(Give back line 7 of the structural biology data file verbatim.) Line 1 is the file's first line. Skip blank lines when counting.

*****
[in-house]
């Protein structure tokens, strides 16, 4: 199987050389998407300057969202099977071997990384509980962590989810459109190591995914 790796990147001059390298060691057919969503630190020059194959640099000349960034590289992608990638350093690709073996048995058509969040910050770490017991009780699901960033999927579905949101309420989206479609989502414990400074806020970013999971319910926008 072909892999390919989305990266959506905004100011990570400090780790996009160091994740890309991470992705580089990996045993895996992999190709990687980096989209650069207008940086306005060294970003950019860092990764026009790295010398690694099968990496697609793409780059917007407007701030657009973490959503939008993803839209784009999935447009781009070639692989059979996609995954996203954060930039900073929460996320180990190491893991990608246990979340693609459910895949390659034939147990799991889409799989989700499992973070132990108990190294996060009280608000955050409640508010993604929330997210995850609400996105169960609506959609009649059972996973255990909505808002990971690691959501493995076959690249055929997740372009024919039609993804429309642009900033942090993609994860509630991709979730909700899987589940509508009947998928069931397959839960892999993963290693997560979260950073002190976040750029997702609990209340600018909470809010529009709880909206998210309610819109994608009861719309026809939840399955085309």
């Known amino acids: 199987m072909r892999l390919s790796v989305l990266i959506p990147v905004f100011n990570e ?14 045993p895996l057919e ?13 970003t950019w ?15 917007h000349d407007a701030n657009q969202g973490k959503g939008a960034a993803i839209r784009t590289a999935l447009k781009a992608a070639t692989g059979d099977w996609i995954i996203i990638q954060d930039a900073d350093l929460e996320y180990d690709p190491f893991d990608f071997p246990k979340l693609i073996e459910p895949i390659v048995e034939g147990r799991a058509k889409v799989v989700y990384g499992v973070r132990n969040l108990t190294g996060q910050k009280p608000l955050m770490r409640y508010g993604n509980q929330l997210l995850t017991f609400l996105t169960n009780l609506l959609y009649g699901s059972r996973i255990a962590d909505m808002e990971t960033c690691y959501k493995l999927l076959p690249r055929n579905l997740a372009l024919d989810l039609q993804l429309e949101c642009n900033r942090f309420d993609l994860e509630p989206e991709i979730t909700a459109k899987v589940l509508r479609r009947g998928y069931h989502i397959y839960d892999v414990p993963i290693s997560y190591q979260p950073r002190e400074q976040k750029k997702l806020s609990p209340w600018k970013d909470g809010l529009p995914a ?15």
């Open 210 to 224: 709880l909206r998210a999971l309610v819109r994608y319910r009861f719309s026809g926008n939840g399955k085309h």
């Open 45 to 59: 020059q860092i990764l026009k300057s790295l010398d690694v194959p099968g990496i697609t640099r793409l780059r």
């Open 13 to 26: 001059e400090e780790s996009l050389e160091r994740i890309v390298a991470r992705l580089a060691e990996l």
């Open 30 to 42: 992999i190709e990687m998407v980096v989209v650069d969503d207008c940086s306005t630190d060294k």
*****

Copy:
């Open 30 to 42: 992999i190709e990687m998407v980096v989209v650069d969503d207008c940086s306005t630190d060294k």